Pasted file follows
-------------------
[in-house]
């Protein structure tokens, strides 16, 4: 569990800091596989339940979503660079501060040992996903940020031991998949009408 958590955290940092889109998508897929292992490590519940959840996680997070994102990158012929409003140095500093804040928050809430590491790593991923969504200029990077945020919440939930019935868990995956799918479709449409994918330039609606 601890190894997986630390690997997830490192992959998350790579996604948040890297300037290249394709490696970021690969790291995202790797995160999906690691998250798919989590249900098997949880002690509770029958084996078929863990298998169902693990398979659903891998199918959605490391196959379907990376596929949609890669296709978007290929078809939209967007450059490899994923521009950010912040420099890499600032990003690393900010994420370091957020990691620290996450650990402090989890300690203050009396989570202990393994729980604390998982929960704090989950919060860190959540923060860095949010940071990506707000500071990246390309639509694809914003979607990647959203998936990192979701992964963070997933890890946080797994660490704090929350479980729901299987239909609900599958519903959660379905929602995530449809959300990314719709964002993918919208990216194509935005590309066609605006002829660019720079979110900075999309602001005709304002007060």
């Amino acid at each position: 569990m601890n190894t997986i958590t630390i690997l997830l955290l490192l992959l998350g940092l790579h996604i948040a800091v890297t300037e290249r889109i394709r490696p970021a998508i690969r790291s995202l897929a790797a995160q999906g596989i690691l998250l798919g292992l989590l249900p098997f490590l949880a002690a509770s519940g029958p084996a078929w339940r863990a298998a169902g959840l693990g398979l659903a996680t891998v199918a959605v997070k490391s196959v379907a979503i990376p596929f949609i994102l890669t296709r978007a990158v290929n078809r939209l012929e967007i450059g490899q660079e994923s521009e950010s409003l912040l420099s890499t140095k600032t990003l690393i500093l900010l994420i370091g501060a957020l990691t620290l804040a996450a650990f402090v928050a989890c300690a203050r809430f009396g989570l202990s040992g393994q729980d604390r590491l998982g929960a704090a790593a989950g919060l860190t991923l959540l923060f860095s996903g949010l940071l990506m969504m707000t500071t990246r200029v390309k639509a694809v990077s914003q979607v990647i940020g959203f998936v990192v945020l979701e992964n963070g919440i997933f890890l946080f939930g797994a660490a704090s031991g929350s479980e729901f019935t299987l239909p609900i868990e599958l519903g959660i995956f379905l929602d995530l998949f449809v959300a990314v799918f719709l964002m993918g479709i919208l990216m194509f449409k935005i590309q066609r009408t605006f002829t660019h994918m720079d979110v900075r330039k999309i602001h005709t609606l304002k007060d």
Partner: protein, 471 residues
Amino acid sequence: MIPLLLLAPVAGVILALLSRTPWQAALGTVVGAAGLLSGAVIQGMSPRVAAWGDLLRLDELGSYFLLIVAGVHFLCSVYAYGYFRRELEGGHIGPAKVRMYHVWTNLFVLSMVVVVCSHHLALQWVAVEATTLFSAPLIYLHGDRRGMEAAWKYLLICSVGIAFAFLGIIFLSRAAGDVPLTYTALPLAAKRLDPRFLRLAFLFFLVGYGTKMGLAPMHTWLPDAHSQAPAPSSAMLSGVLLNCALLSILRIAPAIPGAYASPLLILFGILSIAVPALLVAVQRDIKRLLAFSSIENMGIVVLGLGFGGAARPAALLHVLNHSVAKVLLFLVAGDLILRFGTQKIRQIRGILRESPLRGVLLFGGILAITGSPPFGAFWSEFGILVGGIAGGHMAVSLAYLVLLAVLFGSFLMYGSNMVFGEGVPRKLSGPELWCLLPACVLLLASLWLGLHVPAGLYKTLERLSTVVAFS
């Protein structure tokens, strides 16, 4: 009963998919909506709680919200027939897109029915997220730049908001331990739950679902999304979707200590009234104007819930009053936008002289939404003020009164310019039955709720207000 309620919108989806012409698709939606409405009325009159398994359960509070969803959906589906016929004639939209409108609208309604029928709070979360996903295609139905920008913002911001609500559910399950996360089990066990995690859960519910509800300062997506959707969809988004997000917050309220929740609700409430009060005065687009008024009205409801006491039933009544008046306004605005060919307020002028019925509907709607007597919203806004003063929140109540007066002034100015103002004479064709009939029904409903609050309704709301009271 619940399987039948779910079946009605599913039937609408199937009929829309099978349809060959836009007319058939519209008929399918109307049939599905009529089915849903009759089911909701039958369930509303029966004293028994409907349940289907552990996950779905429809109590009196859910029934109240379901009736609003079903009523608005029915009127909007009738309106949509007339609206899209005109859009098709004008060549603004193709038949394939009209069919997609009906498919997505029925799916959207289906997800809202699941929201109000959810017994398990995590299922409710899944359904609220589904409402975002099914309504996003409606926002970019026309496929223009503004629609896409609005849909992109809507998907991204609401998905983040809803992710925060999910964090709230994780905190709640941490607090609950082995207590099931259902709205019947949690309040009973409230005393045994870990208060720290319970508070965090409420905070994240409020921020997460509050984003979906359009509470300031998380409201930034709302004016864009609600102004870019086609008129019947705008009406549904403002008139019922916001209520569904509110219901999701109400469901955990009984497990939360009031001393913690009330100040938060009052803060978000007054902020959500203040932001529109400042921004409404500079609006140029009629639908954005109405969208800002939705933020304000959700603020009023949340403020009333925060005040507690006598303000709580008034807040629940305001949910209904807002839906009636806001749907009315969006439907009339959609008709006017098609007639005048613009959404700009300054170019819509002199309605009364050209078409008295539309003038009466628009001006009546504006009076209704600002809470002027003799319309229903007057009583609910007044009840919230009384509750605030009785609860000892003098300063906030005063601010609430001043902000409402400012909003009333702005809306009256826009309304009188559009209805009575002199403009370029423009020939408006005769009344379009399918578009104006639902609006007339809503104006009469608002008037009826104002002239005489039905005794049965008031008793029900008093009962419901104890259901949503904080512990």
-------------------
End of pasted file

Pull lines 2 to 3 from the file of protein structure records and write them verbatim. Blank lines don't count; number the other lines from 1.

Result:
């Protein structure tokens, strides 16, 4: 569990800091596989339940979503660079501060040992996903940020031991998949009408 958590955290940092889109998508897929292992490590519940959840996680997070994102990158012929409003140095500093804040928050809430590491790593991923969504200029990077945020919440939930019935868990995956799918479709449409994918330039609606 601890190894997986630390690997997830490192992959998350790579996604948040890297300037290249394709490696970021690969790291995202790797995160999906690691998250798919989590249900098997949880002690509770029958084996078929863990298998169902693990398979659903891998199918959605490391196959379907990376596929949609890669296709978007290929078809939209967007450059490899994923521009950010912040420099890499600032990003690393900010994420370091957020990691620290996450650990402090989890300690203050009396989570202990393994729980604390998982929960704090989950919060860190959540923060860095949010940071990506707000500071990246390309639509694809914003979607990647959203998936990192979701992964963070997933890890946080797994660490704090929350479980729901299987239909609900599958519903959660379905929602995530449809959300990314719709964002993918919208990216194509935005590309066609605006002829660019720079979110900075999309602001005709304002007060």
């Amino acid at each position: 569990m601890n190894t997986i958590t630390i690997l997830l955290l490192l992959l998350g940092l790579h996604i948040a800091v890297t300037e290249r889109i394709r490696p970021a998508i690969r790291s995202l897929a790797a995160q999906g596989i690691l998250l798919g292992l989590l249900p098997f490590l949880a002690a509770s519940g029958p084996a078929w339940r863990a298998a169902g959840l693990g398979l659903a996680t891998v199918a959605v997070k490391s196959v379907a979503i990376p596929f949609i994102l890669t296709r978007a990158v290929n078809r939209l012929e967007i450059g490899q660079e994923s521009e950010s409003l912040l420099s890499t140095k600032t990003l690393i500093l900010l994420i370091g501060a957020l990691t620290l804040a996450a650990f402090v928050a989890c300690a203050r809430f009396g989570l202990s040992g393994q729980d604390r590491l998982g929960a704090a790593a989950g919060l860190t991923l959540l923060f860095s996903g949010l940071l990506m969504m707000t500071t990246r200029v390309k639509a694809v990077s914003q979607v990647i940020g959203f998936v990192v945020l979701e992964n963070g919440i997933f890890l946080f939930g797994a660490a704090s031991g929350s479980e729901f019935t299987l239909p609900i868990e599958l519903g959660i995956f379905l929602d995530l998949f449809v959300a990314v799918f719709l964002m993918g479709i919208l990216m194509f449409k935005i590309q066609r009408t605006f002829t660019h994918m720079d979110v900075r330039k999309i602001h005709t609606l304002k007060d």